The payments from Jupiter's German parent company, Commerzbank, will cover the purchase of the 25 per cent of the company still owned by the employees.
John Duffield, the chairman of Jupiter, and his team of 300 will find out the exact details in the next few days. Mr Duffield is likely to be the biggest beneficiary, standing to net pounds 100m for his 5 per cent stake. Other winners include star fund managers William Littlewood and Edward Bonham-Carter, the brother of actress Helena. The bonuses will be spread across all 300 staff, and even secretaries are expected to get at least pounds 100,000 each.
However Lord Lamont, another Jupiter director, will be spared the wait. As a non-executive, he does not qualify for the scheme.
Mr Duffield is the former husband of Vivien Clore, deputy chairman of the Royal Opera House and daughter of Sir Charles Clore, the founder of the Sears retail chain.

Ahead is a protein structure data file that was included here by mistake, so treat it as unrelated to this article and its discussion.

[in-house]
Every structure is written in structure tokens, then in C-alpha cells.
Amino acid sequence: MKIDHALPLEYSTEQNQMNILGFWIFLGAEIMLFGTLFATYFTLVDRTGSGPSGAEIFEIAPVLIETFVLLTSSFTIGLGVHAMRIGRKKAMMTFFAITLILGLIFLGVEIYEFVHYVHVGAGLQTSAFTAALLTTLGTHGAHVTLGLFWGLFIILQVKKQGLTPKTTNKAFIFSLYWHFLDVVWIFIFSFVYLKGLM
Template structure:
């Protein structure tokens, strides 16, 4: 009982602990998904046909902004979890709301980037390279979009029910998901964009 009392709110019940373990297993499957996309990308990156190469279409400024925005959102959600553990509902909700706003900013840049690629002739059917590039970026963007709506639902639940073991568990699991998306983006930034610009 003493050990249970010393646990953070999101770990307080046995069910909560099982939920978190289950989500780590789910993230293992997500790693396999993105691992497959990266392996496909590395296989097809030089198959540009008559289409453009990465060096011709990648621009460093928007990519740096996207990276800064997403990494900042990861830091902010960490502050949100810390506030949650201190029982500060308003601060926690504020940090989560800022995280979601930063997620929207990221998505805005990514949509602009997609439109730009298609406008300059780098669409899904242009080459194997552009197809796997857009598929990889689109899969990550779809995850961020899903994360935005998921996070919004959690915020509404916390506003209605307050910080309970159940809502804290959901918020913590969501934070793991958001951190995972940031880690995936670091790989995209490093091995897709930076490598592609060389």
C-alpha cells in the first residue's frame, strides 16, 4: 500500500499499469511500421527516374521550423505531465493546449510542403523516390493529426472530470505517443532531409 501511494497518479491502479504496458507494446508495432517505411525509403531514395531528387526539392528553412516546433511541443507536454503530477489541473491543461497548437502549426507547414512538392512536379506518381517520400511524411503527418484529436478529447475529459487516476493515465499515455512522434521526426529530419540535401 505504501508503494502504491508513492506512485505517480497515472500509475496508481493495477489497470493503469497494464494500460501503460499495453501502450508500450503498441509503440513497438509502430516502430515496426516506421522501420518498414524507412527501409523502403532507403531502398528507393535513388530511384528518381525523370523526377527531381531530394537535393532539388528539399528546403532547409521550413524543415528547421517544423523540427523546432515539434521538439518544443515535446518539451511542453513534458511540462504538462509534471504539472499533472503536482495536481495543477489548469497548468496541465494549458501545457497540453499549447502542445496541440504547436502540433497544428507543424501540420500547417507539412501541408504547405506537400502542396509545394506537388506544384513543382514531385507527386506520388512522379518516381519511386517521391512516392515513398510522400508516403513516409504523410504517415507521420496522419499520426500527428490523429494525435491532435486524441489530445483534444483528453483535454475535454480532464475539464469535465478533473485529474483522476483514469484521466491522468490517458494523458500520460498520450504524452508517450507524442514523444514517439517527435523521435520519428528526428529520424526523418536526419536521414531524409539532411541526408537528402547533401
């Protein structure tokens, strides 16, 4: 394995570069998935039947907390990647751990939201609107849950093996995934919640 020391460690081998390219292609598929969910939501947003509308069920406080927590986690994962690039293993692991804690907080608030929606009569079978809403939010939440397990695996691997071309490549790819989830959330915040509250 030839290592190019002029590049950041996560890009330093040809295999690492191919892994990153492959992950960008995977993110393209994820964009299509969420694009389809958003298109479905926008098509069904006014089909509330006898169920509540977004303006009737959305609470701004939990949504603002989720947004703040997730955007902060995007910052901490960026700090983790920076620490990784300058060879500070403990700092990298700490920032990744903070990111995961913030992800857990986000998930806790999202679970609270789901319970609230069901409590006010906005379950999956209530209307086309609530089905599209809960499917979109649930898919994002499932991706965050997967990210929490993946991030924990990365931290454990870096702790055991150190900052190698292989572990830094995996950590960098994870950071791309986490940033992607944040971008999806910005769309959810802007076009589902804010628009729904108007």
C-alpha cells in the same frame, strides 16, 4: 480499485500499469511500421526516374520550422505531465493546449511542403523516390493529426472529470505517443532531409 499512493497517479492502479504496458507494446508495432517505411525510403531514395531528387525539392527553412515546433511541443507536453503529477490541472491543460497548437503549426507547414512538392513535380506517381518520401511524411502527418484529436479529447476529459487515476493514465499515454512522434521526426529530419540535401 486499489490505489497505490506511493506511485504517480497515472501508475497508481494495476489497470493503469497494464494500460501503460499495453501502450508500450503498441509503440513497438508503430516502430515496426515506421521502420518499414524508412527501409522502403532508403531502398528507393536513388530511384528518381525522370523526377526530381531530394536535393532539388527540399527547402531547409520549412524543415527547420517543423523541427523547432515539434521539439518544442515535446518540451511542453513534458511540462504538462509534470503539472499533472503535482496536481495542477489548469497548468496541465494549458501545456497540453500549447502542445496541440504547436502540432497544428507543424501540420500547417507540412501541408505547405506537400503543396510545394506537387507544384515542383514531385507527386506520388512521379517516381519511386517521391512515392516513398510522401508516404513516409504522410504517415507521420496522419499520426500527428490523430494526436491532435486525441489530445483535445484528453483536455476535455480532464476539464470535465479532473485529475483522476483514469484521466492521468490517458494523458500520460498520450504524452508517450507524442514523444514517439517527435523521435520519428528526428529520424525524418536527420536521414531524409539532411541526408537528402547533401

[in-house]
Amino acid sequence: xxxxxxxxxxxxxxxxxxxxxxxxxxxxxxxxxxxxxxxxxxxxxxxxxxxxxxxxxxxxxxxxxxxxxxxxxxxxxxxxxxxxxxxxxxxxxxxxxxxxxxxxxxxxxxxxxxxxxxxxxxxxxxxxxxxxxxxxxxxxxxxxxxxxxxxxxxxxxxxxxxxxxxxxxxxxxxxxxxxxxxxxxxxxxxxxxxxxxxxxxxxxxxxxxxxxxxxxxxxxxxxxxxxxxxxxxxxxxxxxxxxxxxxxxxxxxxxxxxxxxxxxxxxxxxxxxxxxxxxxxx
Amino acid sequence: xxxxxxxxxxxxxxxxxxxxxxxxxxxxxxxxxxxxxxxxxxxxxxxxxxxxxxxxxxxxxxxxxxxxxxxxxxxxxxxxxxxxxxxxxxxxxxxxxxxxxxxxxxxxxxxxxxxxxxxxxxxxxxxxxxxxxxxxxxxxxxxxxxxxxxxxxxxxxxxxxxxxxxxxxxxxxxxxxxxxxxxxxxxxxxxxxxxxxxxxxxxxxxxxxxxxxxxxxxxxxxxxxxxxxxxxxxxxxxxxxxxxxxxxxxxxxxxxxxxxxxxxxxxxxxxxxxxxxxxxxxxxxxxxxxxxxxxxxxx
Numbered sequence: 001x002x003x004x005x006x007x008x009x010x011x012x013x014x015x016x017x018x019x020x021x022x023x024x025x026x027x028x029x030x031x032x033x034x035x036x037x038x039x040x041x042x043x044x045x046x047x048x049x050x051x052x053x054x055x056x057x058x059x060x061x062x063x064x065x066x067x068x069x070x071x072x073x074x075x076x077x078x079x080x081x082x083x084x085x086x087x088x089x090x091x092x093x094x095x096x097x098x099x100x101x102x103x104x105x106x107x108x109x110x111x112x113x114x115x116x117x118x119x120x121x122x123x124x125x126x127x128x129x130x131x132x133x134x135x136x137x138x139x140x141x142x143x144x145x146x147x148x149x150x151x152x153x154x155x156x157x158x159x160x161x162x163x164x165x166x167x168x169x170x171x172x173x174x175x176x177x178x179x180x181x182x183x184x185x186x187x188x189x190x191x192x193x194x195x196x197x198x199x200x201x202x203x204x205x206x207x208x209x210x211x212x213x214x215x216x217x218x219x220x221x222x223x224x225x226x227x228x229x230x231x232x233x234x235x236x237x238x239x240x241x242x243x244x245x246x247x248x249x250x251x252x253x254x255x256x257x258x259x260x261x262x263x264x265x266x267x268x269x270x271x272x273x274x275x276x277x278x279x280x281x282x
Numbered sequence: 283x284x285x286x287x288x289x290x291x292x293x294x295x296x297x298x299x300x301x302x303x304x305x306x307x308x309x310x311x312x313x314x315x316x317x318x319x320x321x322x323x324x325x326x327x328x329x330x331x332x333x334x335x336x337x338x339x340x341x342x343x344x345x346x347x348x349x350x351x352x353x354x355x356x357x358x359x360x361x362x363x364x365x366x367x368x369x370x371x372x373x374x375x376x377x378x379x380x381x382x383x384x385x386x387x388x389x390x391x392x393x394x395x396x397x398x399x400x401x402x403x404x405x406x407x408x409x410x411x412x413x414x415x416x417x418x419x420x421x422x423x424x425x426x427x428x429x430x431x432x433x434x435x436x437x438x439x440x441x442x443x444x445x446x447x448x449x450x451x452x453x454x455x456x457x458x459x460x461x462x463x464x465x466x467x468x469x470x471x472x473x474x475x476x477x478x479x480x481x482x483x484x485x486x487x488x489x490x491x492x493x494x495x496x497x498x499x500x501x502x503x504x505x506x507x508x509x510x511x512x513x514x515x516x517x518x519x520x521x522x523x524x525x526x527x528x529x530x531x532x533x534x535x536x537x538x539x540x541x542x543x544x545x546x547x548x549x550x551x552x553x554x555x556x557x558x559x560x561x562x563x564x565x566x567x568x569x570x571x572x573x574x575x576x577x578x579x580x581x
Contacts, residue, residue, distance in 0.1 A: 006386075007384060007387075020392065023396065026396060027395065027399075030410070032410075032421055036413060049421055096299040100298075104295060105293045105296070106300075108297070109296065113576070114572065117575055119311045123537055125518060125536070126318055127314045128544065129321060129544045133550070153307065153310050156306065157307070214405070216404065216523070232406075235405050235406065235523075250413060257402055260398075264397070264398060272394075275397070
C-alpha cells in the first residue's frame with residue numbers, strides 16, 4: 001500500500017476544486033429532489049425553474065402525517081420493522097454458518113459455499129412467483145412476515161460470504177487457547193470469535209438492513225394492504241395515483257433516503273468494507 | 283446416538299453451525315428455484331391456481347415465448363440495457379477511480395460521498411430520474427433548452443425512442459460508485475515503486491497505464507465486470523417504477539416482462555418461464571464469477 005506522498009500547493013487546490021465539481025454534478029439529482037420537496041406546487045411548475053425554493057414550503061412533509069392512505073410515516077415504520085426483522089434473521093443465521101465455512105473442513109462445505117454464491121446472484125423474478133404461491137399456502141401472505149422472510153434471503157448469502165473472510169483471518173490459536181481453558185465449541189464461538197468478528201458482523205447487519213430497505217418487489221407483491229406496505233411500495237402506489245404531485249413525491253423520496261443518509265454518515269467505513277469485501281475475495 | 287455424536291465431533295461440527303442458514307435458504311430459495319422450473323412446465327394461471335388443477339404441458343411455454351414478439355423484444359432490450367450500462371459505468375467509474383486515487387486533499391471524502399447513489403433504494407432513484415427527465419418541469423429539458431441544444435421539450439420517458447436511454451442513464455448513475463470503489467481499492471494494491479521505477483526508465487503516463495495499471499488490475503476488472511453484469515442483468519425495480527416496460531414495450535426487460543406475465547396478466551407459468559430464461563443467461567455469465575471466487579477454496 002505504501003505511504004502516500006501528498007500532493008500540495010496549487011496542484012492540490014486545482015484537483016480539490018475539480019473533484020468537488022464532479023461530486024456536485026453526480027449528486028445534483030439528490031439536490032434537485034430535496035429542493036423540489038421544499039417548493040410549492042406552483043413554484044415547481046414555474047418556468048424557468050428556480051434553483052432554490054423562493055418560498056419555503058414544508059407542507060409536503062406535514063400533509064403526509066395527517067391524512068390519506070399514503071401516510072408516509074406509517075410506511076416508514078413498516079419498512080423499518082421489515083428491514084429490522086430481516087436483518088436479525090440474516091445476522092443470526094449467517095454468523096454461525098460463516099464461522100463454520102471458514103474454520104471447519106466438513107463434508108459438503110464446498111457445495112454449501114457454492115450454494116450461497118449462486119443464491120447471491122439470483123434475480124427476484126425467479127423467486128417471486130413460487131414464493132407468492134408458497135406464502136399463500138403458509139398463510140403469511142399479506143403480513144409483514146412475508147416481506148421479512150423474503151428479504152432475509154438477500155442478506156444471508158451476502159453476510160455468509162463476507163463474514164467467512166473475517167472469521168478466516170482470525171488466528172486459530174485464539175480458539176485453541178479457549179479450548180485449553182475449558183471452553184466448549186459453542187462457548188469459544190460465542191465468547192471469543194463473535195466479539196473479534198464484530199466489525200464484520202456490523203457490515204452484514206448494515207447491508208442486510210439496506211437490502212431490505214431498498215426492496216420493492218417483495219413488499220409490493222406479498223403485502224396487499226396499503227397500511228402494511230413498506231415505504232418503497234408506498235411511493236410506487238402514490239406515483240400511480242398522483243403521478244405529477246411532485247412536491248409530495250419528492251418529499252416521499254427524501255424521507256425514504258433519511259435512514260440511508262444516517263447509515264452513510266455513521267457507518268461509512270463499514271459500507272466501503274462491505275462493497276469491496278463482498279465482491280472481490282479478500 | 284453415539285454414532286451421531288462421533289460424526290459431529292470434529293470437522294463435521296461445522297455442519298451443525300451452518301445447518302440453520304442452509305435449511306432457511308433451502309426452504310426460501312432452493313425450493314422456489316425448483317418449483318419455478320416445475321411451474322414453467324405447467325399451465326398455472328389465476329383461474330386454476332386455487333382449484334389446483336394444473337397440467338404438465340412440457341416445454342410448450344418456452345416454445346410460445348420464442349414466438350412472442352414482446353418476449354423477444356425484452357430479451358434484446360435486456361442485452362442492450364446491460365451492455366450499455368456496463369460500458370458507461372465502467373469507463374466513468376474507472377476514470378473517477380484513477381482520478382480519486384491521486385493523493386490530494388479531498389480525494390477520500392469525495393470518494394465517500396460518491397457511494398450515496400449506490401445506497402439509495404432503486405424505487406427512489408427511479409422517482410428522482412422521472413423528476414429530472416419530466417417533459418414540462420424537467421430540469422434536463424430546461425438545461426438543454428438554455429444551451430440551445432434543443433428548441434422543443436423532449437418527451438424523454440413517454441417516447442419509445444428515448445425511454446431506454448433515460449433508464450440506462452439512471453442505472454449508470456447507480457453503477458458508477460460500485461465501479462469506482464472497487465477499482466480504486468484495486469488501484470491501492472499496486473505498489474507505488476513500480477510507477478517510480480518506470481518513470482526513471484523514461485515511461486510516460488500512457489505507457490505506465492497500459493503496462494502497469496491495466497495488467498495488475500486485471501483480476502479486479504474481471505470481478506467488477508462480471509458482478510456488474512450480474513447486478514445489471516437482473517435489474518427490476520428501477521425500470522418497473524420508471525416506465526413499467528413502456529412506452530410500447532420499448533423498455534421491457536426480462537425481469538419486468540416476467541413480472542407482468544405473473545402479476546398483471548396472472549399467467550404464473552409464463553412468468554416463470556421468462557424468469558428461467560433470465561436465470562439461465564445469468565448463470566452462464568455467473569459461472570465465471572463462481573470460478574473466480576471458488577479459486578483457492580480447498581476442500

The payouts, which are being calculated at the moment, stem from an agreement hatched in 1995 when Commerzbank paid pounds 169m to acquire 75 per cent of Jupiter. Commerzbank agreed to buy the remaining 25 per cent from Jupiter's staff for a performance-related fee.
Jupiter's profits have since spiralled, topping pounds 117m for the first nine months of this year. Observers believe this strong performance has lifted the value of the employees' stake to at least pounds 500m.
The eye-popping payouts vindicate the decision of Jupiter staff to retain their 25 per cent holding for the last few years. That stake would have been worth just pounds 56m based on Commerzbank's valuation of Jupiter in 1995. Jupiter declined to comment on the size or timing of the payouts.
It is not just the size of its liability that is worrying Commerzbank. Although the German group has attempted to tie in Jupiter's star fund managers until 2002 with a further incentive package, there are fears that once they have been rewarded some will jump ship.Reuse content